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    Review of THE DROWNING TREE by Carol Goodman

    Ballantine, December 2004

    Review by Cathy Richard Dodson (see her website)

    Juno McKay's return to her alma mater Penrose College comes with reservations, knowing that her scandalous past is bound to catch up with her there. But when her friend Christine asks her to be there for a lecture she's presenting about the college and its famous stained glass window, Juno, a stained glass artist herself, knows she must attend not only in support of her friend but also because she and her father have been asked to handle the renovation of the window.

    Juno has finally managed to make a good life for herself, after having to leave the school before her graduation due to an unplanned pregnancy, not to mention surviving the mental collapse of her young husband fourteen years earlier. When Christine's shocking lecture turns out to have unexpected ties to her now ex-husband, Juno finds herself caught up in a mystery long held in the slivers of the stained glass window.

    When Christine dies unexpectedly, Juno determines to unravel the mystery and what it may have had to do with her friend's death as well as how it's connected to her ex-husband. When she learns his mental condition has improved and there may be a second chance for a life with him, Juno vows to do anything she must to make that happen, both for herself and her daughter. But as she digs deeper into the mystery of the stained glass, she learns secrets about the founders of the college and their secret lives and how they parallel her own. As she's put into unforeseen dangers, the possibility arises that the husband who tried to kill her once in the past, may now have a chance to do so again.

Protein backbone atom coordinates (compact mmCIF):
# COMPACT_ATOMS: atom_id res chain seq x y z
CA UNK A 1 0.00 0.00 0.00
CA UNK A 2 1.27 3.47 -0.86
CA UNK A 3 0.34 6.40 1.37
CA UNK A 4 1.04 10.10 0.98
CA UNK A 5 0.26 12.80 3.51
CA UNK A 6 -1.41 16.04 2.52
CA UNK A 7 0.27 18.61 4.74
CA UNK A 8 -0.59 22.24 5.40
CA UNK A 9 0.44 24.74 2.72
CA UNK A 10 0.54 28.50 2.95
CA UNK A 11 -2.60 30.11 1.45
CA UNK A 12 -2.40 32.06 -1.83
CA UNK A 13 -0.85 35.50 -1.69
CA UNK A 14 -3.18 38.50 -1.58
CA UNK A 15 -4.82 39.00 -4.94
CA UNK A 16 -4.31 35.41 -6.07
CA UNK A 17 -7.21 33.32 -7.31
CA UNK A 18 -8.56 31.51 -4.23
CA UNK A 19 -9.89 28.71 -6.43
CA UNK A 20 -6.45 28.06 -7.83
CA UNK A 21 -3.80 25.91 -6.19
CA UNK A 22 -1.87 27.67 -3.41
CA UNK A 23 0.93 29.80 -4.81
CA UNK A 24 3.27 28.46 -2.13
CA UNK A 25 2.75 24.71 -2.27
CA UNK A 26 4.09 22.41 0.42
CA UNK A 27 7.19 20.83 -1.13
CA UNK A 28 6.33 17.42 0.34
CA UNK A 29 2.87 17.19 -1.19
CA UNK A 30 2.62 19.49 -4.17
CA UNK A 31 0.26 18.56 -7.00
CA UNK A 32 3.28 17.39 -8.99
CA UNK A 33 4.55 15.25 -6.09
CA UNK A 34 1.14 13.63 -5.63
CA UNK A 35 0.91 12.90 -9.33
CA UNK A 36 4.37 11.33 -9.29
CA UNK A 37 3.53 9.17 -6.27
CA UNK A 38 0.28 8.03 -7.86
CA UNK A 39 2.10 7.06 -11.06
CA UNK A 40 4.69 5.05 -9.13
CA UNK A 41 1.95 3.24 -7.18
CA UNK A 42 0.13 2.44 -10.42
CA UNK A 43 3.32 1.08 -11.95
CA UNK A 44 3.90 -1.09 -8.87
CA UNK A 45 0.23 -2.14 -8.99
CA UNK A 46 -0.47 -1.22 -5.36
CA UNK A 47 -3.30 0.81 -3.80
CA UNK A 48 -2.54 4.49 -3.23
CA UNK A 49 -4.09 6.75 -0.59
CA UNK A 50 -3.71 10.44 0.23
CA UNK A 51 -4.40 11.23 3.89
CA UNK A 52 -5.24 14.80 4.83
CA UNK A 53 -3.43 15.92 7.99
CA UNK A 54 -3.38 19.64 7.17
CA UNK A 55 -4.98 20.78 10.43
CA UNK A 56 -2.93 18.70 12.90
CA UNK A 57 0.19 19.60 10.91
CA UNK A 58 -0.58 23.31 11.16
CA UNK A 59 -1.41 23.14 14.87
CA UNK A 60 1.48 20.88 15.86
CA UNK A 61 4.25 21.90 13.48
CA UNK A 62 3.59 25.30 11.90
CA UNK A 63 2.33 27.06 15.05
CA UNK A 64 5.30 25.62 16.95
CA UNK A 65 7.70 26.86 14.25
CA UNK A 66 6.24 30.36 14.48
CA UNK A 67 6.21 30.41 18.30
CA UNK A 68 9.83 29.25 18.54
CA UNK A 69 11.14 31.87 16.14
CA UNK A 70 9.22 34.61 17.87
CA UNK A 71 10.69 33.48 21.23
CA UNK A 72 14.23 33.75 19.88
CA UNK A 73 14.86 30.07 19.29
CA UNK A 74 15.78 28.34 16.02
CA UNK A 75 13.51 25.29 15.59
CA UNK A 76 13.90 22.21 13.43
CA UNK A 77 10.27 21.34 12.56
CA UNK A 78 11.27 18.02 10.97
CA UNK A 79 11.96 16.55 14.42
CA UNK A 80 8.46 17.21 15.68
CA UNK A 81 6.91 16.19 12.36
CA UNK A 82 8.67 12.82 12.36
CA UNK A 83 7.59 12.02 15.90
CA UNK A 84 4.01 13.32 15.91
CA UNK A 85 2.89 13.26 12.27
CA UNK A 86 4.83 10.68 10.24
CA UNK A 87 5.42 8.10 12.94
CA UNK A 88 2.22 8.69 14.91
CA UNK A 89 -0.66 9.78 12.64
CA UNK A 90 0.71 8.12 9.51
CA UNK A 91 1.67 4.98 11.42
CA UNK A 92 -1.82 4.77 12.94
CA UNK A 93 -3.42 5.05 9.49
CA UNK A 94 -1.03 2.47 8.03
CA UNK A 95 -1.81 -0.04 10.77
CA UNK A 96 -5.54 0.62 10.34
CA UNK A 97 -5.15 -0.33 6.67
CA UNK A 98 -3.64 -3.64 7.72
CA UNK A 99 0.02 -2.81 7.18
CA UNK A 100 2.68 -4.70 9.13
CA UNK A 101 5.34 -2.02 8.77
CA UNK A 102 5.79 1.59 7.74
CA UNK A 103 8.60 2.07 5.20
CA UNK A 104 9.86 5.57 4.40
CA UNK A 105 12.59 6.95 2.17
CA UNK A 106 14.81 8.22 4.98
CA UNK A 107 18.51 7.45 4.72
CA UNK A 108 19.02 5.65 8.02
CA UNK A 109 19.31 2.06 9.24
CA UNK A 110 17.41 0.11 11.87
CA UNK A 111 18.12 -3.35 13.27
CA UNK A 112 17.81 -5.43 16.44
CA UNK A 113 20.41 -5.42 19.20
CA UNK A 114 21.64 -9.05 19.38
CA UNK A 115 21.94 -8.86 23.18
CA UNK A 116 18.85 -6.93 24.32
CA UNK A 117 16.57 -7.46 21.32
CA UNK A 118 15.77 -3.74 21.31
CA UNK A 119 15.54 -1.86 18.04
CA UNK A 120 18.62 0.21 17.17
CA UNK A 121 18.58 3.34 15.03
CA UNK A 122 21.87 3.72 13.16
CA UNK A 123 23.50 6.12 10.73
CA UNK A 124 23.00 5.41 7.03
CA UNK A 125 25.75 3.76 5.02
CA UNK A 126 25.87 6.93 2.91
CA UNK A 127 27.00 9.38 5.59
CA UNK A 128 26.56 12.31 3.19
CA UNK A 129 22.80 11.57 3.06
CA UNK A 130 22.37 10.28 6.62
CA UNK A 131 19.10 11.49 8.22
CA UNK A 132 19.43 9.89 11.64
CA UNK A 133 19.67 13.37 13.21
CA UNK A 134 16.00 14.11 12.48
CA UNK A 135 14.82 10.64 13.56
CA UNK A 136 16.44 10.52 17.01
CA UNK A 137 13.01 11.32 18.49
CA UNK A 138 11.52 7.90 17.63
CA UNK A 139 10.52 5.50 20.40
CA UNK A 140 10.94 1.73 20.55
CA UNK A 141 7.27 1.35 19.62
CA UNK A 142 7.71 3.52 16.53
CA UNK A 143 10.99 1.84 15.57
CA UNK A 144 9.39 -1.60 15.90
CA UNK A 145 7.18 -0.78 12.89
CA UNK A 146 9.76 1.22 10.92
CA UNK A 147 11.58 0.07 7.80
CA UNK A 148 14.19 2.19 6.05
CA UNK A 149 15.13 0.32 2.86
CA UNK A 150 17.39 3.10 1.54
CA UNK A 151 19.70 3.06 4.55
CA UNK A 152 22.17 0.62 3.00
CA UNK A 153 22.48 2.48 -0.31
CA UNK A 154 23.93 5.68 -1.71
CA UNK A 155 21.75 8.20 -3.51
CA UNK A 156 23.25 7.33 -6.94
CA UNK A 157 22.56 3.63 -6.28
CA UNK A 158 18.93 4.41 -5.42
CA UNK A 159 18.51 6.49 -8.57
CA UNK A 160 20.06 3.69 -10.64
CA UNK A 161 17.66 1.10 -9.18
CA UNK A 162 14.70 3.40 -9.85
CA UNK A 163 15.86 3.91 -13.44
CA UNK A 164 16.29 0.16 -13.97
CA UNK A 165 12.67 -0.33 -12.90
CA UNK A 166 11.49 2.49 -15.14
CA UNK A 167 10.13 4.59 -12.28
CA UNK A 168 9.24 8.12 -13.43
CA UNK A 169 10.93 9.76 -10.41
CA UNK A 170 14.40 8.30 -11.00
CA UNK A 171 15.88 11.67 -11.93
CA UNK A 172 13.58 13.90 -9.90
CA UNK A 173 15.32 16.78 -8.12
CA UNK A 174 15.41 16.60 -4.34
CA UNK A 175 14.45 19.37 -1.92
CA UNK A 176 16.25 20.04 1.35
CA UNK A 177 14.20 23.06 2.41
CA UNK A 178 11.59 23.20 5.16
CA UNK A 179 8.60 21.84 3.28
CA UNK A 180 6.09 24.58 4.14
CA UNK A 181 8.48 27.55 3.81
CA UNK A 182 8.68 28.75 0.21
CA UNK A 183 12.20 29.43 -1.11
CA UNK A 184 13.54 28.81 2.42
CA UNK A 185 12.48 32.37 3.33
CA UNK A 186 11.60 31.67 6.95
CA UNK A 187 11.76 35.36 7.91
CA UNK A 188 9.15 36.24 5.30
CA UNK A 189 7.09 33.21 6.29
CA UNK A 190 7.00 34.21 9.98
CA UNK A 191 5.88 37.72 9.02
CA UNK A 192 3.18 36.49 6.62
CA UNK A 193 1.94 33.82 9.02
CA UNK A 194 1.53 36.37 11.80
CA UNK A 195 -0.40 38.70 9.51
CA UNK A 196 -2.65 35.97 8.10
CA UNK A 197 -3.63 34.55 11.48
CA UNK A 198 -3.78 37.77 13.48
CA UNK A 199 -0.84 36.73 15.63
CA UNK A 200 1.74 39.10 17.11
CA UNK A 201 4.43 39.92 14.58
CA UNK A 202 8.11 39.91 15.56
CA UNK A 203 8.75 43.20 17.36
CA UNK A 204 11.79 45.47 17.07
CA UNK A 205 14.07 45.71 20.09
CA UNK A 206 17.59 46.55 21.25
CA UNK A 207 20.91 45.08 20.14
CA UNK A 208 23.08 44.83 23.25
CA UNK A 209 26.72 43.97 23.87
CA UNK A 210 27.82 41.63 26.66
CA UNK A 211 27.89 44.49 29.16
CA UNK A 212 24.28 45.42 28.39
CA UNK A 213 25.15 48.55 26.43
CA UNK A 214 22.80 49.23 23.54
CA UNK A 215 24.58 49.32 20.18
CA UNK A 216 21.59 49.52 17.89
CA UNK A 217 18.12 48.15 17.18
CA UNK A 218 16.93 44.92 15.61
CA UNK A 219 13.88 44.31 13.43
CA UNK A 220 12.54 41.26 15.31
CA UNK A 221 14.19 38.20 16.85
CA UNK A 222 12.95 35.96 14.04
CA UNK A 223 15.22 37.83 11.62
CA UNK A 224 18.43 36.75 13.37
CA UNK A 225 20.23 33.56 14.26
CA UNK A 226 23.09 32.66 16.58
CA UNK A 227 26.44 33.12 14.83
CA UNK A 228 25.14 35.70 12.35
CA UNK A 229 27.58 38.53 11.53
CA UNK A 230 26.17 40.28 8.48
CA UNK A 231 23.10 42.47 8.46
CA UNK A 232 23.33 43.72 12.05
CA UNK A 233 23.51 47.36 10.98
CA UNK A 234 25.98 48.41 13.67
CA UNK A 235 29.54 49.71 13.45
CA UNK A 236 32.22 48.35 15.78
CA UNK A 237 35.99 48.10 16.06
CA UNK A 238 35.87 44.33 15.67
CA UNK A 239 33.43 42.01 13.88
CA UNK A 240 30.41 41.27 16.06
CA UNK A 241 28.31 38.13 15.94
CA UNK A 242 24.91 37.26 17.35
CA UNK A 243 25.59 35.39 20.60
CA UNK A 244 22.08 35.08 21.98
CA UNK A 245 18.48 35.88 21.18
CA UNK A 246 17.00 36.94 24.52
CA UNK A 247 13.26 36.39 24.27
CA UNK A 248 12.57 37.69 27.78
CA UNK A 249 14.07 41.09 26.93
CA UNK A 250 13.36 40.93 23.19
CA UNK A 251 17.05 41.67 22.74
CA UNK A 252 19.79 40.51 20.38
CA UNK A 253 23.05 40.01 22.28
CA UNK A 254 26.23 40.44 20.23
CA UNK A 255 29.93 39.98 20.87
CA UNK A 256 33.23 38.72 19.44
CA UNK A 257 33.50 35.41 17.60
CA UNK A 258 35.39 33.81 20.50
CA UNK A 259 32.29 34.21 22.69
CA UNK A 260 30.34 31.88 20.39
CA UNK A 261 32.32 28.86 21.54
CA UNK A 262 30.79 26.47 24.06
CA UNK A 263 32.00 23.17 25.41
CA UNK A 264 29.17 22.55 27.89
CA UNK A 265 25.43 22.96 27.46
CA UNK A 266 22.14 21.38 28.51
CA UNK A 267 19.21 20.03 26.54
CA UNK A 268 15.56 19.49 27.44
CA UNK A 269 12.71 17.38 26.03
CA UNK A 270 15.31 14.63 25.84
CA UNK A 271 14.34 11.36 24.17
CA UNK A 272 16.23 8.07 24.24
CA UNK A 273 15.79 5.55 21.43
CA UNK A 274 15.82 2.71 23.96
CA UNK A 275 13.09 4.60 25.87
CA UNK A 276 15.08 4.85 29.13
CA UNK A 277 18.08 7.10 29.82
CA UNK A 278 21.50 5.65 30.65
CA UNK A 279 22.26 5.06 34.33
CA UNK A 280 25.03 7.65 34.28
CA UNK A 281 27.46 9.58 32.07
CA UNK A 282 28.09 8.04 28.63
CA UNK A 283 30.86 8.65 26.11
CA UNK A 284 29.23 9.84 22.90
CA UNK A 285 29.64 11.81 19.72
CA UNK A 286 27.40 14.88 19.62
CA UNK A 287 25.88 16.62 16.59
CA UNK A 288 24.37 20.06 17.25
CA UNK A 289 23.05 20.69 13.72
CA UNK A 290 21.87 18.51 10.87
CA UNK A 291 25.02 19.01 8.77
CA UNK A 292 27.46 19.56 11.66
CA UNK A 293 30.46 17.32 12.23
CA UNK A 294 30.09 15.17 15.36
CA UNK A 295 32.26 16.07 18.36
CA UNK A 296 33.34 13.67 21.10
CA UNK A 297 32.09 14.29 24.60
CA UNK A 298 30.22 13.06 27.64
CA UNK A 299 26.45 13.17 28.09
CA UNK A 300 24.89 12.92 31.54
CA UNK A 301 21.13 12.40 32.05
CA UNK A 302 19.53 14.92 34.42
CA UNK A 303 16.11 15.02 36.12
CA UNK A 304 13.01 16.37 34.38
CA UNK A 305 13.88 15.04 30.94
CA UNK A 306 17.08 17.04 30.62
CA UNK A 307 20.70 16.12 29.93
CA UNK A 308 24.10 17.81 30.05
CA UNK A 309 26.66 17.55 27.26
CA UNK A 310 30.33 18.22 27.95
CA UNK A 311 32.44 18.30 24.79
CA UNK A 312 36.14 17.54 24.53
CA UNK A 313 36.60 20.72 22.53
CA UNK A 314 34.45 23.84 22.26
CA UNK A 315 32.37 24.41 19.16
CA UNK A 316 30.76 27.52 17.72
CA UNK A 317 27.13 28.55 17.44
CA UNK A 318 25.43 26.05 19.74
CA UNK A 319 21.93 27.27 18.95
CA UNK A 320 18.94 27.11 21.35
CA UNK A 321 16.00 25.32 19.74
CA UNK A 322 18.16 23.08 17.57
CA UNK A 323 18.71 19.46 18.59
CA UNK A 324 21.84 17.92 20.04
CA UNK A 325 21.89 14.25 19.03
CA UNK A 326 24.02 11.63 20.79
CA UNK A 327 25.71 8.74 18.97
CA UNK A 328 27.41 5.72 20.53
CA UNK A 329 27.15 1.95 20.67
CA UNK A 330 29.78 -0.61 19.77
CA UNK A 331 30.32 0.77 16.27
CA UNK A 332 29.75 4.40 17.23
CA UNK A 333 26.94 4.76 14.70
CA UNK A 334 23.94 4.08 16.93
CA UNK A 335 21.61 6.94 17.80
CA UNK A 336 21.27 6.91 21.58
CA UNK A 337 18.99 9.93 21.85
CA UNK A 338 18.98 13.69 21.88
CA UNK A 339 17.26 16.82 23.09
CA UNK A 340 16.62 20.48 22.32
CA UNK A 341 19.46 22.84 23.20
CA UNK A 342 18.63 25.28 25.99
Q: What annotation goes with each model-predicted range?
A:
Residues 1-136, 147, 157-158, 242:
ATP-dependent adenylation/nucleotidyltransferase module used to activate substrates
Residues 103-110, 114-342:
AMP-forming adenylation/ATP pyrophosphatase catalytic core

Once again, Goodman's excellent weaving of mythology and mystery provide a fascinating arena for this third novel. Her characters are always wonderful and these are no less so--Juno and her knowledge of stained glass, her husband Neil whose recovery from madness is bittersweet and tragic, Detective Falco with his developing affection for Juno. The period story of the colleges' founders and their own tragic relationship makes a wonderful backdrop for this story. Another fine job from Carol Goodman!

    See more reviews of novels by Carol Goodman.

    Four Stars

    Reviewed 7/24/05

    See also what reader Pat Harrison says about THE DROWNING TREE

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